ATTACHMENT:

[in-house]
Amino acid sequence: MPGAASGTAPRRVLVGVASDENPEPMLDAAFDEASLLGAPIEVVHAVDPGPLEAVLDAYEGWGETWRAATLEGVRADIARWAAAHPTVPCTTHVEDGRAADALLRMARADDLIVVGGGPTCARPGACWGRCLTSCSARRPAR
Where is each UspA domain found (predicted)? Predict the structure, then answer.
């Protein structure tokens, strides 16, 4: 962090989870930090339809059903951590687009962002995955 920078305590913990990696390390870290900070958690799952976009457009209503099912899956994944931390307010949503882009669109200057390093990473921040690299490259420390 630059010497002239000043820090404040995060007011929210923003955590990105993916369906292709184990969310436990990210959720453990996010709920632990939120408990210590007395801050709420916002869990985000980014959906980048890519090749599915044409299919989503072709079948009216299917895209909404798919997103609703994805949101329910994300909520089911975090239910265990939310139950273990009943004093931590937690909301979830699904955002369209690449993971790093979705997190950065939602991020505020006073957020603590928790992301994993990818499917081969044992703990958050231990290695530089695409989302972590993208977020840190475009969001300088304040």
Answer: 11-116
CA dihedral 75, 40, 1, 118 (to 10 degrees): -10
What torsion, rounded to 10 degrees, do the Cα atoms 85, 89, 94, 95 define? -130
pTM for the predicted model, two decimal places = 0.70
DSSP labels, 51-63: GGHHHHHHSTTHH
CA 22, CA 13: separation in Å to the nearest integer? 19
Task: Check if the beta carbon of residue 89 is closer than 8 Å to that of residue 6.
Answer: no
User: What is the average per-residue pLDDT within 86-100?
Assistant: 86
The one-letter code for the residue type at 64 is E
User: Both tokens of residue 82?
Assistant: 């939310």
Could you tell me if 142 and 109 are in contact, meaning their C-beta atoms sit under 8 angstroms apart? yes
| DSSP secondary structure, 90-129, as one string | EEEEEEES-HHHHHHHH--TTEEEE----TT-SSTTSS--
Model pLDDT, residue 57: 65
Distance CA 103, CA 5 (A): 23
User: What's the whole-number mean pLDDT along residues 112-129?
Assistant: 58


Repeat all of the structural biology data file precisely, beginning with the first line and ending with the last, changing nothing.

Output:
[in-house]
Amino acid sequence: MPGAASGTAPRRVLVGVASDENPEPMLDAAFDEASLLGAPIEVVHAVDPGPLEAVLDAYEGWGETWRAATLEGVRADIARWAAAHPTVPCTTHVEDGRAADALLRMARADDLIVVGGGPTCARPGACWGRCLTSCSARRPAR
Where is each UspA domain found (predicted)? Predict the structure, then answer.
């Protein structure tokens, strides 16, 4: 962090989870930090339809059903951590687009962002995955 920078305590913990990696390390870290900070958690799952976009457009209503099912899956994944931390307010949503882009669109200057390093990473921040690299490259420390 630059010497002239000043820090404040995060007011929210923003955590990105993916369906292709184990969310436990990210959720453990996010709920632990939120408990210590007395801050709420916002869990985000980014959906980048890519090749599915044409299919989503072709079948009216299917895209909404798919997103609703994805949101329910994300909520089911975090239910265990939310139950273990009943004093931590937690909301979830699904955002369209690449993971790093979705997190950065939602991020505020006073957020603590928790992301994993990818499917081969044992703990958050231990290695530089695409989302972590993208977020840190475009969001300088304040």
Answer: 11-116
CA dihedral 75, 40, 1, 118 (to 10 degrees): -10
What torsion, rounded to 10 degrees, do the Cα atoms 85, 89, 94, 95 define? -130
pTM for the predicted model, two decimal places = 0.70
DSSP labels, 51-63: GGHHHHHHSTTHH
CA 22, CA 13: separation in Å to the nearest integer? 19
Task: Check if the beta carbon of residue 89 is closer than 8 Å to that of residue 6.
Answer: no
User: What is the average per-residue pLDDT within 86-100?
Assistant: 86
The one-letter code for the residue type at 64 is E
User: Both tokens of residue 82?
Assistant: 């939310």
Could you tell me if 142 and 109 are in contact, meaning their C-beta atoms sit under 8 angstroms apart? yes
| DSSP secondary structure, 90-129, as one string | EEEEEEES-HHHHHHHH--TTEEEE----TT-SSTTSS--
Model pLDDT, residue 57: 65
Distance CA 103, CA 5 (A): 23
User: What's the whole-number mean pLDDT along residues 112-129?
Assistant: 58